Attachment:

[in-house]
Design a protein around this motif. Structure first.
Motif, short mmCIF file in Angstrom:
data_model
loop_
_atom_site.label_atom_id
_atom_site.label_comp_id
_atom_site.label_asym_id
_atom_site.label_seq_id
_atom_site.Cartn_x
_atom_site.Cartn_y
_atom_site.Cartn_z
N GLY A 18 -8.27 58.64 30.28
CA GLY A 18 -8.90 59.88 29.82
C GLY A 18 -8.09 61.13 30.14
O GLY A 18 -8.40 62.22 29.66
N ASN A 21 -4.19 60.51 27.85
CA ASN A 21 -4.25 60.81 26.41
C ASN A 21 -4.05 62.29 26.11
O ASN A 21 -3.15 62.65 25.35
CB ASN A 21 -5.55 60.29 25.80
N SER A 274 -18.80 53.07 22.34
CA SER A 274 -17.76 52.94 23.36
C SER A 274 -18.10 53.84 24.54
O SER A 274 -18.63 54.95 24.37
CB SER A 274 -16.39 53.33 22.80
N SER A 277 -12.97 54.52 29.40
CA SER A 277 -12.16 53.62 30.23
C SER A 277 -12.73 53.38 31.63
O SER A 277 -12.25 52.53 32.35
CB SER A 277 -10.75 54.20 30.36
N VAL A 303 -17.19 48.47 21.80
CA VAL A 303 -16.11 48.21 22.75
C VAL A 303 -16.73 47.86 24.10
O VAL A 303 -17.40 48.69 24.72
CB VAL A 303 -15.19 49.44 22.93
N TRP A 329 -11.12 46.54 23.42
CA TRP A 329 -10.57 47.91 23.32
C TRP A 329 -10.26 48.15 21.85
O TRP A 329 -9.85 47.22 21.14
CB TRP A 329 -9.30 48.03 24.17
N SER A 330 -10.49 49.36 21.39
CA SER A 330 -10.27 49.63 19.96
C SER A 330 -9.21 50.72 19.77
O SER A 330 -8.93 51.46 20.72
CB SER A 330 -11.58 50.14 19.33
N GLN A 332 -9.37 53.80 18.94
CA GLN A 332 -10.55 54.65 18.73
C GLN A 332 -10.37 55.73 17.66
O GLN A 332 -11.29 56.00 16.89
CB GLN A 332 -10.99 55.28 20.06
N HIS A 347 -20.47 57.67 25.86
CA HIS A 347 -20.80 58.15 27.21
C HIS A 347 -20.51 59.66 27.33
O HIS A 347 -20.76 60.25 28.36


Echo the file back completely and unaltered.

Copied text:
[in-house]
Design a protein around this motif. Structure first.
Motif, short mmCIF file in Angstrom:
data_model
loop_
_atom_site.label_atom_id
_atom_site.label_comp_id
_atom_site.label_asym_id
_atom_site.label_seq_id
_atom_site.Cartn_x
_atom_site.Cartn_y
_atom_site.Cartn_z
N GLY A 18 -8.27 58.64 30.28
CA GLY A 18 -8.90 59.88 29.82
C GLY A 18 -8.09 61.13 30.14
O GLY A 18 -8.40 62.22 29.66
N ASN A 21 -4.19 60.51 27.85
CA ASN A 21 -4.25 60.81 26.41
C ASN A 21 -4.05 62.29 26.11
O ASN A 21 -3.15 62.65 25.35
CB ASN A 21 -5.55 60.29 25.80
N SER A 274 -18.80 53.07 22.34
CA SER A 274 -17.76 52.94 23.36
C SER A 274 -18.10 53.84 24.54
O SER A 274 -18.63 54.95 24.37
CB SER A 274 -16.39 53.33 22.80
N SER A 277 -12.97 54.52 29.40
CA SER A 277 -12.16 53.62 30.23
C SER A 277 -12.73 53.38 31.63
O SER A 277 -12.25 52.53 32.35
CB SER A 277 -10.75 54.20 30.36
N VAL A 303 -17.19 48.47 21.80
CA VAL A 303 -16.11 48.21 22.75
C VAL A 303 -16.73 47.86 24.10
O VAL A 303 -17.40 48.69 24.72
CB VAL A 303 -15.19 49.44 22.93
N TRP A 329 -11.12 46.54 23.42
CA TRP A 329 -10.57 47.91 23.32
C TRP A 329 -10.26 48.15 21.85
O TRP A 329 -9.85 47.22 21.14
CB TRP A 329 -9.30 48.03 24.17
N SER A 330 -10.49 49.36 21.39
CA SER A 330 -10.27 49.63 19.96
C SER A 330 -9.21 50.72 19.77
O SER A 330 -8.93 51.46 20.72
CB SER A 330 -11.58 50.14 19.33
N GLN A 332 -9.37 53.80 18.94
CA GLN A 332 -10.55 54.65 18.73
C GLN A 332 -10.37 55.73 17.66
O GLN A 332 -11.29 56.00 16.89
CB GLN A 332 -10.99 55.28 20.06
N HIS A 347 -20.47 57.67 25.86
CA HIS A 347 -20.80 58.15 27.21
C HIS A 347 -20.51 59.66 27.33
O HIS A 347 -20.76 60.25 28.36